Anyone with HVAC Thermostat knowledge?

Discussion in 'Off-topic' started by zephyr57, Oct 16, 2010.

  1. zephyr57

    zephyr57 New Member

    Should I have whatever switch it is on my HVAC Thermostat set to "Gas/Oil" or "Electric/Heat Pump?"?

    It is run by electricity, with no gas in the house at all, but just want to make sure before I change it.

    They are currently set to Gas/Oil for some reason, and has been for the past year and a half we've lived here... and I have no clue if it was set that way for a reason. I have noticed the house has very inconsistent levels of temp from room to room.

    This button I see is on the back of the Thermostat on both levels of the house... and both are currently set the same way. I noticed it when I changed the batteries in the thermostat.

    The thermostat is indeed set to Auto.

    I also have no manual for the thing.

    My handyman knowledge is limited and surely growing after owning my first house.
  2. I've never seen such a switch, but go ahead and turn it to Electric/heat pump if that is the kind of system in your home. It can't hurt.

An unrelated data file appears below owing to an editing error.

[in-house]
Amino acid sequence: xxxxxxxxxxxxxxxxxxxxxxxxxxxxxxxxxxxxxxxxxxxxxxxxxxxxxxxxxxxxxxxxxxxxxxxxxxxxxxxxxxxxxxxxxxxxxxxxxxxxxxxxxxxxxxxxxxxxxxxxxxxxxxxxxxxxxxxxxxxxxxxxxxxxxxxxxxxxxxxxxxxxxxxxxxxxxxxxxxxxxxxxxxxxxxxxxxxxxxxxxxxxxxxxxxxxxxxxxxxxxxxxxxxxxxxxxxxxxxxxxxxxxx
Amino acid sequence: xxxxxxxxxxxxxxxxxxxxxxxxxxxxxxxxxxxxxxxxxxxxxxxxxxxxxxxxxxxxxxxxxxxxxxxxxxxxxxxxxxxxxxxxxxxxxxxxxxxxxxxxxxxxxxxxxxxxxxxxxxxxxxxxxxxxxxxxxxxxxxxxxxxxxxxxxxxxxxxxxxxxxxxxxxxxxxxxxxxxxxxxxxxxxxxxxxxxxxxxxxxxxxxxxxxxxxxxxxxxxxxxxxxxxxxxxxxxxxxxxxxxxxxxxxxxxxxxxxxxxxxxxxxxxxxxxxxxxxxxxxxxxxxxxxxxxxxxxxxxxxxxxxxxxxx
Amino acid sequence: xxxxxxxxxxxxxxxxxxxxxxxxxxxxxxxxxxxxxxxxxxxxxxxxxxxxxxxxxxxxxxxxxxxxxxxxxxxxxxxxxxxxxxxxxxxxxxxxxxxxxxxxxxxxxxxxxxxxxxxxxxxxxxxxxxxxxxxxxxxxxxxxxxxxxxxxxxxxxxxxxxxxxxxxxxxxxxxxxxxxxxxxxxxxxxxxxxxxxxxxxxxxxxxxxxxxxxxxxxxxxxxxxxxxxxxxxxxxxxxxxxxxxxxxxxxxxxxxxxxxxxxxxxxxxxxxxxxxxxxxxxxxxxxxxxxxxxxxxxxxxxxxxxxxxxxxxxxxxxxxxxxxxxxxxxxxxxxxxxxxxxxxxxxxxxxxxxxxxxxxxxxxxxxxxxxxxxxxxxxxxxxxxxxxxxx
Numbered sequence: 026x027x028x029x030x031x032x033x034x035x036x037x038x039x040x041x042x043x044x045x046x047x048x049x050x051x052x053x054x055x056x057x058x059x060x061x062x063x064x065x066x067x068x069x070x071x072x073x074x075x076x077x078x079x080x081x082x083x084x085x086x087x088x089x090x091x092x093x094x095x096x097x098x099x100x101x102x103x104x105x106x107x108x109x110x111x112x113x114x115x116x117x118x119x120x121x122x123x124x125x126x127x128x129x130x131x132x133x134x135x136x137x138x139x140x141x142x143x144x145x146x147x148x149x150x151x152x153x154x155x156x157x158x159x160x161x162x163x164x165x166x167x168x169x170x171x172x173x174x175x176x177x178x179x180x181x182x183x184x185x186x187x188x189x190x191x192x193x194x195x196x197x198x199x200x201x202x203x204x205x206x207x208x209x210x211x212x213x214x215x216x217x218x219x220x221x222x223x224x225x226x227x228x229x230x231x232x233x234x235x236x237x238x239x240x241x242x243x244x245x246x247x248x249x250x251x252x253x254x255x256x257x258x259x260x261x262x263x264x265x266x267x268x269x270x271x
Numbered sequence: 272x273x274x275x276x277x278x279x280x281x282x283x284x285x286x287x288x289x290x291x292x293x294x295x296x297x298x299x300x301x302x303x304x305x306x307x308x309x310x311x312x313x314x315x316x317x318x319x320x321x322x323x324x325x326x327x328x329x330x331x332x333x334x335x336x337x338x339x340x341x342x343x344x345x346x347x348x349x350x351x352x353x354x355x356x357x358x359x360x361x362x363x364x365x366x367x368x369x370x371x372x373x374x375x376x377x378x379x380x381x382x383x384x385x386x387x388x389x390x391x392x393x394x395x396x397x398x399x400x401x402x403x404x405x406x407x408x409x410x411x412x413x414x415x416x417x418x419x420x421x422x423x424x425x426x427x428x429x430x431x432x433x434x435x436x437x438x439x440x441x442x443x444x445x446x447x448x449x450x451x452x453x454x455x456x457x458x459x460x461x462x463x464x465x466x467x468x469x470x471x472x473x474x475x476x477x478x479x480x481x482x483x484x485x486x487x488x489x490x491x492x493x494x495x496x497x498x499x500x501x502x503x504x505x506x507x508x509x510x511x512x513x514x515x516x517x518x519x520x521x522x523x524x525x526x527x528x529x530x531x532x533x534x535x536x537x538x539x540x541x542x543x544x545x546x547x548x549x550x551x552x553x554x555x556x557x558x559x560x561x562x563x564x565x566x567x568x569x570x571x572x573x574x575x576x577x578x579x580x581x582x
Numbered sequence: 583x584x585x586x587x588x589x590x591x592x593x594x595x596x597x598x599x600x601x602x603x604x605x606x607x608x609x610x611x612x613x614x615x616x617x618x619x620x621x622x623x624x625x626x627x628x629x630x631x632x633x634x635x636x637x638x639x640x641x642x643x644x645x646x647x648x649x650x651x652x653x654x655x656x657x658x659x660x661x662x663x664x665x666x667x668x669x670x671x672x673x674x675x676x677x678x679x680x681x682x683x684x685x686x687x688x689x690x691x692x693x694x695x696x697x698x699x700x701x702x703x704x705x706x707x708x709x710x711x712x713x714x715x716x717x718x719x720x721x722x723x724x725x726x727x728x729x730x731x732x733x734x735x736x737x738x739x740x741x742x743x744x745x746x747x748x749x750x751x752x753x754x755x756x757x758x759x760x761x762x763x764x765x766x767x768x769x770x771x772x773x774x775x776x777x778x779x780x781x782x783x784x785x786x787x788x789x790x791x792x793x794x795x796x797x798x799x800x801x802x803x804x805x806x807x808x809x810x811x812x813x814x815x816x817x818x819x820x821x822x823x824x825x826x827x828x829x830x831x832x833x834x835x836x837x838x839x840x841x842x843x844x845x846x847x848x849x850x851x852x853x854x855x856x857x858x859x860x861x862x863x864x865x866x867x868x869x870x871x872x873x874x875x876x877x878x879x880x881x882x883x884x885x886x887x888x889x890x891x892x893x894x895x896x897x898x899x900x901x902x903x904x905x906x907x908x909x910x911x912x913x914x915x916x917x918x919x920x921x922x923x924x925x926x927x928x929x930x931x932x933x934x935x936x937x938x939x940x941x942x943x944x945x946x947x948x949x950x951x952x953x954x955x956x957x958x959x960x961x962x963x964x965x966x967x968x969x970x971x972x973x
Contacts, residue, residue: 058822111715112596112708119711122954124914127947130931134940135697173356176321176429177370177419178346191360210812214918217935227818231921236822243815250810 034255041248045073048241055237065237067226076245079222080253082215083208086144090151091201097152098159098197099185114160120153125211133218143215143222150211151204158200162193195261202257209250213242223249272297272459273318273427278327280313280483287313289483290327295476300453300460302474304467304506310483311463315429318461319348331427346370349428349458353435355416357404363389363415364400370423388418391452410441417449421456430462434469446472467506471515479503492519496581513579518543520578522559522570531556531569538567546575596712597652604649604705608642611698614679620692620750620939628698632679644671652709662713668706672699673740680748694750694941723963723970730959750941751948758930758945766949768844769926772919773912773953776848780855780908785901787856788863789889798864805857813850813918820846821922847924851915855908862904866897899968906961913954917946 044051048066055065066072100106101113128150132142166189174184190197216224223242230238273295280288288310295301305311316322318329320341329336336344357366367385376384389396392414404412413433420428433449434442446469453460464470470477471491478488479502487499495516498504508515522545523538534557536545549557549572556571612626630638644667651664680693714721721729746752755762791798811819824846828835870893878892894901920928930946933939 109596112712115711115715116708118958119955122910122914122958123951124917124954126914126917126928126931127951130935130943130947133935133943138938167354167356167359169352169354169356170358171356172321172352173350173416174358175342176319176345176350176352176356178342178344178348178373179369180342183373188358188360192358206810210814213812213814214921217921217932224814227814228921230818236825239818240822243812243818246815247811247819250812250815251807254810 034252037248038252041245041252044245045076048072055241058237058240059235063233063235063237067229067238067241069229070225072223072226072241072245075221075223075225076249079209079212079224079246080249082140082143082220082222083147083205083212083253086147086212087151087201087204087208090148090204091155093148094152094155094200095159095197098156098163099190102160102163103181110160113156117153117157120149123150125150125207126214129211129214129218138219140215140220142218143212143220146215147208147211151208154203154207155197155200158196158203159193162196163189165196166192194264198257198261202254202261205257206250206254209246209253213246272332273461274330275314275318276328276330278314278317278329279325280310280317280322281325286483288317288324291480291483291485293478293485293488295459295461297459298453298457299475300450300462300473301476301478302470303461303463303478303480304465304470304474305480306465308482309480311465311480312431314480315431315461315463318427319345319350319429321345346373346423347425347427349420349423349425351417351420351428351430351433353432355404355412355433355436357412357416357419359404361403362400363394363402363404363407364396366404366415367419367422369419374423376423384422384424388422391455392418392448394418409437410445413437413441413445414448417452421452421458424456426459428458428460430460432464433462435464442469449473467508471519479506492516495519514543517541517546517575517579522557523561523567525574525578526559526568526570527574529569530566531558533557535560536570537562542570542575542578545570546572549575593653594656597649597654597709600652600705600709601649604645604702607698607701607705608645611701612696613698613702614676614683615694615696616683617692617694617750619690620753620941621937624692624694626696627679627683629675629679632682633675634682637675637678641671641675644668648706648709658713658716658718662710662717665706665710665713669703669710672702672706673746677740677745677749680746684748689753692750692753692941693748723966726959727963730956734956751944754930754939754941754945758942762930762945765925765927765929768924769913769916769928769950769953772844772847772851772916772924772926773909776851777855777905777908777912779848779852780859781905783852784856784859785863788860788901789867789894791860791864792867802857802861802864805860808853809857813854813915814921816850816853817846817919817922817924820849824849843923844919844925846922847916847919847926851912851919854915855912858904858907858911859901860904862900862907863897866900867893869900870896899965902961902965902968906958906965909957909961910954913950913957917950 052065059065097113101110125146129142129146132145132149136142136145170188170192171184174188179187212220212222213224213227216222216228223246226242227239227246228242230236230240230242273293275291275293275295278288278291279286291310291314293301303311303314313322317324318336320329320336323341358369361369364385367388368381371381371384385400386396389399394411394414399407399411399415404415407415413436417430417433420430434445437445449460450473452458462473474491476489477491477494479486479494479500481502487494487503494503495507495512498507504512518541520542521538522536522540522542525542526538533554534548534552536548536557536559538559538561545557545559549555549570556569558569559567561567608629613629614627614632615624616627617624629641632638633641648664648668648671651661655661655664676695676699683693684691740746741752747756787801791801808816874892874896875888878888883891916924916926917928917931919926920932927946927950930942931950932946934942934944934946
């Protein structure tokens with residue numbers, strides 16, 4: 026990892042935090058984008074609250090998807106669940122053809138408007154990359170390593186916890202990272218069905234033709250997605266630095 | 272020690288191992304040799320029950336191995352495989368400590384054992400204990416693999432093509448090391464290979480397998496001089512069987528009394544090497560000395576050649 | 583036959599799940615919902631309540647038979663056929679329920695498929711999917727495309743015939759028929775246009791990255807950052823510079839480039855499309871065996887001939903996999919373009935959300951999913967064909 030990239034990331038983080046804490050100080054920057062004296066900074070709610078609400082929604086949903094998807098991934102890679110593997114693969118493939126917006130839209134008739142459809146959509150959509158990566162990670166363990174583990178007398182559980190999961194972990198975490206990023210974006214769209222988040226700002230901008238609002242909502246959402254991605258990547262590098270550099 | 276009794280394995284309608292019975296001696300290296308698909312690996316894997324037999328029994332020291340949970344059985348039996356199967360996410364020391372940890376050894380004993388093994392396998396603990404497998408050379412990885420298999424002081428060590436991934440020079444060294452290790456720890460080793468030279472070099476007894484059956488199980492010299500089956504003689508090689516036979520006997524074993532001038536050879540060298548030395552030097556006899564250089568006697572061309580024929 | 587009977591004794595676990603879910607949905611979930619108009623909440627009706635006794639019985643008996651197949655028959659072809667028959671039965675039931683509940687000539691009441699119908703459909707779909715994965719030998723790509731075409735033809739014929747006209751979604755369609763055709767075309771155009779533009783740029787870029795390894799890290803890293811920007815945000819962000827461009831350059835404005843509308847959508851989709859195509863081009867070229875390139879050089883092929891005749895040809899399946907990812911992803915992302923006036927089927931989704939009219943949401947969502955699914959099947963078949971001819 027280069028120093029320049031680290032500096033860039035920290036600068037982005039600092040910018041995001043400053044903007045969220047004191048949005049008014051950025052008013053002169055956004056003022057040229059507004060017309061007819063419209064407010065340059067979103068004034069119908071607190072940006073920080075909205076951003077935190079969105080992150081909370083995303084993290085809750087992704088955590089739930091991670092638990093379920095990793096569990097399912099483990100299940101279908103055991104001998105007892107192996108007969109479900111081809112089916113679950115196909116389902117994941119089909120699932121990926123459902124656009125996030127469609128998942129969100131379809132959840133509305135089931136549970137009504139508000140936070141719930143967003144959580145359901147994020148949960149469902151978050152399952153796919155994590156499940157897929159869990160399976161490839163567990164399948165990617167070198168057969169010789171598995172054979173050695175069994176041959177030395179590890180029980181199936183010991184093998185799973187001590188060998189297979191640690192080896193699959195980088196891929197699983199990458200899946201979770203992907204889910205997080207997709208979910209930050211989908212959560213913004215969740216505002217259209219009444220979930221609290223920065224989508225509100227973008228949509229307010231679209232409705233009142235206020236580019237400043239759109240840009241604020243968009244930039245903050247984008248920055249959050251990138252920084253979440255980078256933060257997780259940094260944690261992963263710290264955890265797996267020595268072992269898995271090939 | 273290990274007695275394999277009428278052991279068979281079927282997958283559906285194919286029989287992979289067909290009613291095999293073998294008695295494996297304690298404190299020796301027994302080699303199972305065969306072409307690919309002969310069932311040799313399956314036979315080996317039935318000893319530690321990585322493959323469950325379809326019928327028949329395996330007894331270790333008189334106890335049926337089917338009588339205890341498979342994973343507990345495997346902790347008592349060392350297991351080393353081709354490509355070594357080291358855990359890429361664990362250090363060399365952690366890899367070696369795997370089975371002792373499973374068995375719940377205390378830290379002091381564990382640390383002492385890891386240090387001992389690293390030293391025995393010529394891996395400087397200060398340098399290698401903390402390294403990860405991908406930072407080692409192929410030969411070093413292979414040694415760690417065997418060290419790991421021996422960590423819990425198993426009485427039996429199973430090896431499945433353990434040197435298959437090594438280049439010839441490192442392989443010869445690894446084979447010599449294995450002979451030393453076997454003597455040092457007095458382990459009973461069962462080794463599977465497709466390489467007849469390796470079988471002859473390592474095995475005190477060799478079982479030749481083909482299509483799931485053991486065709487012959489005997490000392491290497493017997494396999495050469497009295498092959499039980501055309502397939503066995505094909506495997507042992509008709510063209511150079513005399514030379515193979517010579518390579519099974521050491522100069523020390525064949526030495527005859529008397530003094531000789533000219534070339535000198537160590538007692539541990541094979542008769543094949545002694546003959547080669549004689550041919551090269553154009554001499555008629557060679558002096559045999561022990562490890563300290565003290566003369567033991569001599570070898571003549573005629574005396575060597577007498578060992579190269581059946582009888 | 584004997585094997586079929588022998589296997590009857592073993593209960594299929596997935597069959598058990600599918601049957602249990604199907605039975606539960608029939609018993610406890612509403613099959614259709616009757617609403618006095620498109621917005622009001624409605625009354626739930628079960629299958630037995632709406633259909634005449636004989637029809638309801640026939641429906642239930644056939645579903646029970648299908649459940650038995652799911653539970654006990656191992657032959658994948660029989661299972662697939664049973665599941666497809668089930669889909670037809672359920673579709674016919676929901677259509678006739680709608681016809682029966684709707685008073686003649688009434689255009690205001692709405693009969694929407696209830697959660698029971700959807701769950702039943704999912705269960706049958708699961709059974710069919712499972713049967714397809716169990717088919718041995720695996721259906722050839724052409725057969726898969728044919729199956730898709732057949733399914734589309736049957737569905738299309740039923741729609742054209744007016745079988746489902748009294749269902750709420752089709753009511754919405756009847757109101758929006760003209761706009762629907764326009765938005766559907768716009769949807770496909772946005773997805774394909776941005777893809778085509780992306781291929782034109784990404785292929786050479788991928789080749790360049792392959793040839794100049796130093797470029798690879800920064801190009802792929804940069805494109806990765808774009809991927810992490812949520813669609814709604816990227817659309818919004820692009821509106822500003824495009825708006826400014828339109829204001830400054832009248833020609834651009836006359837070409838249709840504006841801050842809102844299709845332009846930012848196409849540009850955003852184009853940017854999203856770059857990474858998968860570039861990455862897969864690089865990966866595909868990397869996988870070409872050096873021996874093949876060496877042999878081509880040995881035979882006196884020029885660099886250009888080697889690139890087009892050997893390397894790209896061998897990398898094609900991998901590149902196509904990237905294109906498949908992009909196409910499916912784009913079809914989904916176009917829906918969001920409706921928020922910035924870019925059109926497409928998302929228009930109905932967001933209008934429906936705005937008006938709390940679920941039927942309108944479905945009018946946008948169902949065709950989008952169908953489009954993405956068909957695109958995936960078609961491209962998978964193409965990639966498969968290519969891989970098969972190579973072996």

It will have nothing to do with inconsistent temps room to room, that is a function of how much warm/cool air is flowing through the ducts to those rooms. Make sure the registers (the vents in the rooms themselves) are open.

    The thermostat turns the system on and off based on the temperature at the thermostat itself. It has no 'knowledge' of the temperature in the various rooms.


  3. ICP_Juggalo

    ICP_Juggalo Professional Troll

    I have a dual fuel heat pump down stairs and electric heat pump upstairs. I am using White-Rodgers series 80 thermostats on both units. The switch on the thermostat dictates whether the thermostat "calls" for the fan blower or the air handler. Typically for Gas/Oil 2nd stage/Emergency heat situations it is usually customary for the air handler to call for the fan blower because when Gas/Oil is being used the blower speed is usually "dialed down" to a lower speed to keep from over cooling the heater core. For electric backup heat systems, the thermostat calls for the blower instead of the air handler.

    On my system down stairs, there is a relay board that the thermostat is connected to, so when the thermostat calls for Aux or Emergency heat, it shuts off the heat pump and runs only on the Gas heat. The relay board then ignores any call from the thermostat for fan blower operation. It, the relay board, turns on the exhaust fan first, then it ignites the heater core, then lastly it starts the fan blower. The fan blows out the air at a lower speed than at normal heat pump or AC operation.